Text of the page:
It’s time to stop indulging Big Oil and shift to a clean energy economy, writes Patrick Harvie
17 January 2015
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Oil. It’s been a politically charged issue in Scotland for decades. It’s the topic on everyone’s lips this week, following the dramatic drop in prices and the finger-pointing about whose predictions were furthest from the mark. And it has been one of the biggest areas of political difference Greens have with the rest of the political spectrum.
For many years the SNP have seen this issue as principally one of ownership. The slogan “It’s Scotland’s oil!” still means a lot to some of them, while Greens are more concerned with how much of the stuff gets burned than the question of ownership.
Indeed during the referendum it was one of the clear points of difference between us and our colleagues in the Yes campaign. On several occasions I remember taking part in public meetings at which an SNP speaker would be cheered to the rafters for promising that independence would let the Government squeeze every last drop out of the North Sea, and then I’d reply that independence must be seen as an opportunity to end our reliance on fossil fuels and start taking climate change seriously. Quite often, I’d be cheered just as enthusiastically by the very same people. Something somewhere wasn’t adding up.
So the Green Yes campaign published a paper (which you can still find on our website – PDF) dealing with this contradiction and pointing out that while UK and Scottish Governments might disagree about the tax regime at any given moment, they were both committed to essentially the same policy: maximum extraction. We proposed that if Scotland instead prioritised maximum revenue in the short term, at the expense of long term extraction rates, we would have a chance of funding a more rapid transition and ensuring that the end of the fossil fuel age needn’t mean pulling the economic rug from under people, as well as leaving a good proportion of oil and gas in the ground.
That last goal is important because, as anyone who’s remotely interested in climate change knows, the world has far more fossil fuel than we can afford to burn. The latest estimate was published barely a week ago and shows that over 80% of the world’s coal, half the world’s oil and a third of gas are “unburnable carbon” – reserves which we simply cannot use as fuel if we’re to have a reasonable chance of preventing catastrophic climate change.
Even the non-fuel uses (which are innumerable) are tricky, given the proportion of the products they go into which end their lives in incinerators. That fossil carbon still ends up in the atmosphere. Alternatives are achievable, and must be developed quickly.
And since fossil fuel companies are valued according to the reserves they hold, on the assumption that they will all be realised, what we’re looking at is a vastly over-valued industry. A carbon bubble, to which the Scottish economy is dangerously overexposed.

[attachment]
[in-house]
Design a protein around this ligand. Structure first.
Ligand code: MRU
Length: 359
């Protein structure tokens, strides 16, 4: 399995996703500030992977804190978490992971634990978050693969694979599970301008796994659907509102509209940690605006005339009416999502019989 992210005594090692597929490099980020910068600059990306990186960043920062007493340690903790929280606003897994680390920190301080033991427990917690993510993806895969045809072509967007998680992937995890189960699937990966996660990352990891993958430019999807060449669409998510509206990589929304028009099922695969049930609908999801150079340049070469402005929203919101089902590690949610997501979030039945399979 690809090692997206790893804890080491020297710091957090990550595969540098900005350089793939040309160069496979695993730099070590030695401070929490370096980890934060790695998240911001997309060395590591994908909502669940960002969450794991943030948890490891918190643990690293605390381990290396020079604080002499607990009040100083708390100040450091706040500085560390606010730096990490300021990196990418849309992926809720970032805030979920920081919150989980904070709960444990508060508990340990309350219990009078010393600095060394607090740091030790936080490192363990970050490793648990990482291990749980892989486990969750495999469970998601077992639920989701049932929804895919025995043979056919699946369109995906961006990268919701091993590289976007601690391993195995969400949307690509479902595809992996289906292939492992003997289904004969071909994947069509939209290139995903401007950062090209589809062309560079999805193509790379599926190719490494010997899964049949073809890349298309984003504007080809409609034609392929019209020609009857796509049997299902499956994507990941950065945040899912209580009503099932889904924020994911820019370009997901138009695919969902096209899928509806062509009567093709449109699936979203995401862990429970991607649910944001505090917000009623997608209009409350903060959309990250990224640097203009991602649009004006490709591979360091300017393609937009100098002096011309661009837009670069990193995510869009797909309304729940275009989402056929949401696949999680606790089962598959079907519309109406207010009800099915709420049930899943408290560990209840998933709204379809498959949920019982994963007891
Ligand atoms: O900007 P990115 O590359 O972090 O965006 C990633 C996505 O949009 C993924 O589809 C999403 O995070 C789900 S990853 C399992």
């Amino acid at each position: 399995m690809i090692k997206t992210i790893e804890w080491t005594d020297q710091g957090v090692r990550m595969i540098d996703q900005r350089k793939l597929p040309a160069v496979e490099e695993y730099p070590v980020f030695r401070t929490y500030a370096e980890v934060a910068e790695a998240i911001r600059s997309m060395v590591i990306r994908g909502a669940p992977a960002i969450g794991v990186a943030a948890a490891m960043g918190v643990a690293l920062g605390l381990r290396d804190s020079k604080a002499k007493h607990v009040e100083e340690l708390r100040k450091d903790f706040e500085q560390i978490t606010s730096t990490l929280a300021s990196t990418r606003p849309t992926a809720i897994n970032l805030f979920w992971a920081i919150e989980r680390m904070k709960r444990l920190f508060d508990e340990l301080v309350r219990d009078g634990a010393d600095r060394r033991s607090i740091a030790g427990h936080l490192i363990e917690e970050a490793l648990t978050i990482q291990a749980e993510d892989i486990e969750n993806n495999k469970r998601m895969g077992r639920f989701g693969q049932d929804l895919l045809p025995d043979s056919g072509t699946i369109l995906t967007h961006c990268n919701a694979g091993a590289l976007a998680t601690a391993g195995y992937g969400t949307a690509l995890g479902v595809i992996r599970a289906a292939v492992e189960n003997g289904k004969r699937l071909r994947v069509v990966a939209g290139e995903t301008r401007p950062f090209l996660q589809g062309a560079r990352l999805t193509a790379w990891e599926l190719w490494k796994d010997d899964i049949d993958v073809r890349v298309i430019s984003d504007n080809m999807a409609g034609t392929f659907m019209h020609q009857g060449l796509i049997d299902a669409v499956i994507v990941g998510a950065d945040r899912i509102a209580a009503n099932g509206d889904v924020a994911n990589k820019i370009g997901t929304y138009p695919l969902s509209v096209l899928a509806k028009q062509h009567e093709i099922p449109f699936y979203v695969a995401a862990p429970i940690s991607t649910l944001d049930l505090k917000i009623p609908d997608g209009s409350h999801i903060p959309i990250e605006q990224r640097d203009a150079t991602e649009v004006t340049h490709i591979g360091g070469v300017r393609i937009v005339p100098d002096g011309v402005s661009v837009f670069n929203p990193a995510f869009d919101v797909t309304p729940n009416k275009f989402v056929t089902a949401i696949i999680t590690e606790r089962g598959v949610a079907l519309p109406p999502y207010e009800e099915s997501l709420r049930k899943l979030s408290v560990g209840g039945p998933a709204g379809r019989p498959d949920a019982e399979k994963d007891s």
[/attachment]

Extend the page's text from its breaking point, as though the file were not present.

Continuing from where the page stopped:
Of course nobody imagines that it would be either desirable or achievable to shut off the oil industry overnight. A deliberate long term plan to reduce our reliance on it, in both energy and economic terms, would have left far fewer jobs vulnerable to the shocks which come from price drops like the current one.
Instead of developing that plan and beginning that transition, most politicians north and south of the border are busy pointing fingers at each other about who should “solve” the problem of the current low price and the loss of jobs which will result. Whether you’re an unashamed petrolhead or the deepest Green, that short term crisis really matters. I don’t want to see the industry’s offshore skills lost and its supply chain destroyed, because they will be vital to building the renewable alternative that our economy, our environment and our energy system need.
But desperately scrabbling around for ways get back to ‘business as usual’ will help nobody. The economic prospects of the north-east – and the jobs which people depend on – need long term confidence, not the continued cycle of booming and busting which we’ll see if we remain precariously balanced on that carbon bubble, pretending it will never burst.
Similarly the transition to the post-carbon economy which is our only viable future will not happen (at least not in time) if oil companies are constantly indulged, given massive tax breaks every time the price drops. That would only promote exploration for yet more reserves we can’t afford to burn, burdening our economy with more stranded assets.
Low oil prices will have a mix of economic effects – saving some people money, but leaving many others vulnerable. It’s time that both governments started coming to terms with the transition that’s needed, shifting our skilled workforce toward the clean energy system that will sustain our economy without wrecking the life-support system it rests upon. This is quite simply the only option for jobs, for energy, for the economy, and for the environment which allows us all to live.
Patrick Harvie MSP is Co-convener of the Scottish Greens.